Coffee or Tea

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Writing Inspiration

Today I liked the sound of “Coffee, Cream, and Keurig” and remembered how I once hated coffee. Really— it’s not tasty. I drank tea. So how did coffee become a morning drink— mornings and beyond? That is this poem. I chose to keep in the brand name— it’s part of the alliteration and the photo. I’m not publishing it for profit, just a memory.

Writing Process

Today I simply focused on the transition— the change from the meditative quality I find in tea to the conversation I found with coffee. It’s simply memory snippets— a few notations that lead to a change.

I did change the order— at first I said, Coffee, Keurig, Cream. But then in my haiku I chose the single syllable word “beg” to fit the line, and “beg” almost rhymes with “Keurig.”

Poetry

Coffee, Cream, Keurig

In days before, Mom and Dad drank coffee. All day. Ugh. It tastes like dirt. A sip with cream with a chocolate dessert adds to a dinner date night. Never put coffee IN chocolate desserts. Again, that’s dirt.

Years ago, as a truck driver, my husband’s beverage all day in the thermos: black coffee.

Tea with delightful names provide a soothing mood: Sky Between the Branches, Tea of Inquiry, Dragon Oolong, Dragon Well, Organic Dancing Leaves.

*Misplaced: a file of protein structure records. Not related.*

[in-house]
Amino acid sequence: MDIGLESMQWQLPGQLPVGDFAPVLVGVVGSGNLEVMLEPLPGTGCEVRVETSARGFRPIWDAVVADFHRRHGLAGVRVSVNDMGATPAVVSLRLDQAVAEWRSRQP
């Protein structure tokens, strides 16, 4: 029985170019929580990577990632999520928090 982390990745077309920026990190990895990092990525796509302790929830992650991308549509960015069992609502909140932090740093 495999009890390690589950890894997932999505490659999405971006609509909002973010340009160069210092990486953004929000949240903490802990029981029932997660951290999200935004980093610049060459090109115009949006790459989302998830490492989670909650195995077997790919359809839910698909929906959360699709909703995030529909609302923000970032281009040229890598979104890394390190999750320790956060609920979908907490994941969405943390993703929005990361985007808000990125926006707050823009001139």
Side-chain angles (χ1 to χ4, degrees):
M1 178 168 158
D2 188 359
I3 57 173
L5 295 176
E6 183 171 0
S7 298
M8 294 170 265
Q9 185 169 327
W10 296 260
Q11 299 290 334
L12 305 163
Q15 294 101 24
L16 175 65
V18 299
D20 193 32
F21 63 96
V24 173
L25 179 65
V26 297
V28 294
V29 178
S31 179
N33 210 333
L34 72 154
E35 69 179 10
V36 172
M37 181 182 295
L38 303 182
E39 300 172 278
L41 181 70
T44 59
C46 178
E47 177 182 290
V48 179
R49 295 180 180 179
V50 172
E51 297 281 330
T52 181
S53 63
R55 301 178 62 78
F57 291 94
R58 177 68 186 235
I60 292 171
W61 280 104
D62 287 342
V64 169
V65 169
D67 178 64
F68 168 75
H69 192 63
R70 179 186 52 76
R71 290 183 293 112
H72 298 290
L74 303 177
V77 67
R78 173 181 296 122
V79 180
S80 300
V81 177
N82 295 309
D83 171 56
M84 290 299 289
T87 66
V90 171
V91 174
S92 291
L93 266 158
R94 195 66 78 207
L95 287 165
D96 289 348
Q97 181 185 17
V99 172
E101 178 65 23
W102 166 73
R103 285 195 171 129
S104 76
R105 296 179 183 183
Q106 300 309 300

Retirement brought every morning a delightful time with husband, coffee, and conversation. His, black; Mine, with cream.

So now… it’s coffee, cream, and Keurig most of the day. Tea slips in for enlightenment, while coffee stirs the imagination. Is it true?

Boiling water, leaves,
Mindfulness,but mornings beg
Coffee, cream, Keurig

Sheri Edwards
040522 096.365.22
Poetry/Photography

Your Turn

Think of some area in which you’ve changed your mind about something. Maybe a soda pop, perhaps a type of shoe, or a TV show. What was that progression of change— suggestion from a friend? Bored and nothing else to watch? Conversations with family? You could make it a list poem— starting with the first thoughts and ending with your changed thoughts on the topic you’ve chosen. Then, try a haiku to capture the change at the end of the second line and moving through to the third line. Don’t worry about the syllables [5 7 5] as you’re learning.

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